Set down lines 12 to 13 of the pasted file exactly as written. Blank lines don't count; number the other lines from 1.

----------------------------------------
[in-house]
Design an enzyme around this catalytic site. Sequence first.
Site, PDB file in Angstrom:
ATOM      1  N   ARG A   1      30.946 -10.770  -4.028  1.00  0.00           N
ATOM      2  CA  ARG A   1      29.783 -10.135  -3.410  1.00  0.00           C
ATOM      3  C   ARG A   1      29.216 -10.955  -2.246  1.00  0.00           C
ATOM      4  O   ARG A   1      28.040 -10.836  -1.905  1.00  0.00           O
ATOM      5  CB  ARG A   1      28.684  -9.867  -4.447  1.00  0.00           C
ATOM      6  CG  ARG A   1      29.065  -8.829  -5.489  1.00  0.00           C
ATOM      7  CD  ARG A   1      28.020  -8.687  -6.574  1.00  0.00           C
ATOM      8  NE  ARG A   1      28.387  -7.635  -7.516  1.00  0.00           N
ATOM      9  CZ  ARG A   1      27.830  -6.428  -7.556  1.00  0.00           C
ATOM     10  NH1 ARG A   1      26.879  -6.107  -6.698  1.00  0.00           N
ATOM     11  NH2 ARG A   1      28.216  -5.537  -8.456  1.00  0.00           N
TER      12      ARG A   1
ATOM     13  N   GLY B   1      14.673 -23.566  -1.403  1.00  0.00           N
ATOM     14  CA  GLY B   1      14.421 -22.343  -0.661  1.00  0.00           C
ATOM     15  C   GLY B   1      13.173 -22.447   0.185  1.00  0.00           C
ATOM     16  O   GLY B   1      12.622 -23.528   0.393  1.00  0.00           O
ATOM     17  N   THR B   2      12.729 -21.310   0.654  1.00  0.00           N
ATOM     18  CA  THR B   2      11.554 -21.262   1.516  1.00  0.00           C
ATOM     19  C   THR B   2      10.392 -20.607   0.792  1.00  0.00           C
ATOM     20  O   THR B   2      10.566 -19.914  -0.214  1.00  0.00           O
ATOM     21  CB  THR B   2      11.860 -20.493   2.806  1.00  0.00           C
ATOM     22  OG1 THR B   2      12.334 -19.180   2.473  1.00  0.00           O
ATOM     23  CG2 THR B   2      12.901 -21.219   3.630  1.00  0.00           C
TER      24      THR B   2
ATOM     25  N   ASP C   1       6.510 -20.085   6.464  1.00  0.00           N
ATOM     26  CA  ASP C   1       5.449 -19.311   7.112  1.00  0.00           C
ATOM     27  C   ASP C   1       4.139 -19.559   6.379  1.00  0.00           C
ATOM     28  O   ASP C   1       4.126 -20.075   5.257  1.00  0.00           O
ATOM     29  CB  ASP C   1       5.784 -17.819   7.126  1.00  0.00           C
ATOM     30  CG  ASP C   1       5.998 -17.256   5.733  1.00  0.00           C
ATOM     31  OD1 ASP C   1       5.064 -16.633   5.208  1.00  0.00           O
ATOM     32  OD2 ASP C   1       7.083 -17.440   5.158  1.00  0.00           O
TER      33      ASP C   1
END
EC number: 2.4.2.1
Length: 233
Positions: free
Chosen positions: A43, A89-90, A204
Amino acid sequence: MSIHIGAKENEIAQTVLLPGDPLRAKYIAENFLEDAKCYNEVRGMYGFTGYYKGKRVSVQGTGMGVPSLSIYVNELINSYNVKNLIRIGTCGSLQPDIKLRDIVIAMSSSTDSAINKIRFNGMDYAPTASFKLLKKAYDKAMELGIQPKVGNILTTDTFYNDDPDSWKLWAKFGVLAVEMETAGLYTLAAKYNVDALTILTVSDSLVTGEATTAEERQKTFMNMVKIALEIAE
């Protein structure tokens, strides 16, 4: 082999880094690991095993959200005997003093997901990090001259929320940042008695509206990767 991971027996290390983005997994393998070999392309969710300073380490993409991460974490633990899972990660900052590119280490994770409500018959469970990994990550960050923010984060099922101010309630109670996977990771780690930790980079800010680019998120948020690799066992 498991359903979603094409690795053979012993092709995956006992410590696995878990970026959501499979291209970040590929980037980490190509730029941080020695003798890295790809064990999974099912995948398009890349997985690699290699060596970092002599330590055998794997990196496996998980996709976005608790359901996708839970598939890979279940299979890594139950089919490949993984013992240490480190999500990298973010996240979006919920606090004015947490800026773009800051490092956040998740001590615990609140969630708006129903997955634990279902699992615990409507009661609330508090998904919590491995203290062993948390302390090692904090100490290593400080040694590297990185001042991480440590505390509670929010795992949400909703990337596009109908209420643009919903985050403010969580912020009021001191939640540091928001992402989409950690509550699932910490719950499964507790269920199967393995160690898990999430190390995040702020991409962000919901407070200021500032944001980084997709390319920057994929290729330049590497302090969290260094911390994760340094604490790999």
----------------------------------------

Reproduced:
ATOM      9  CZ  ARG A   1      27.830  -6.428  -7.556  1.00  0.00           C
ATOM     10  NH1 ARG A   1      26.879  -6.107  -6.698  1.00  0.00           N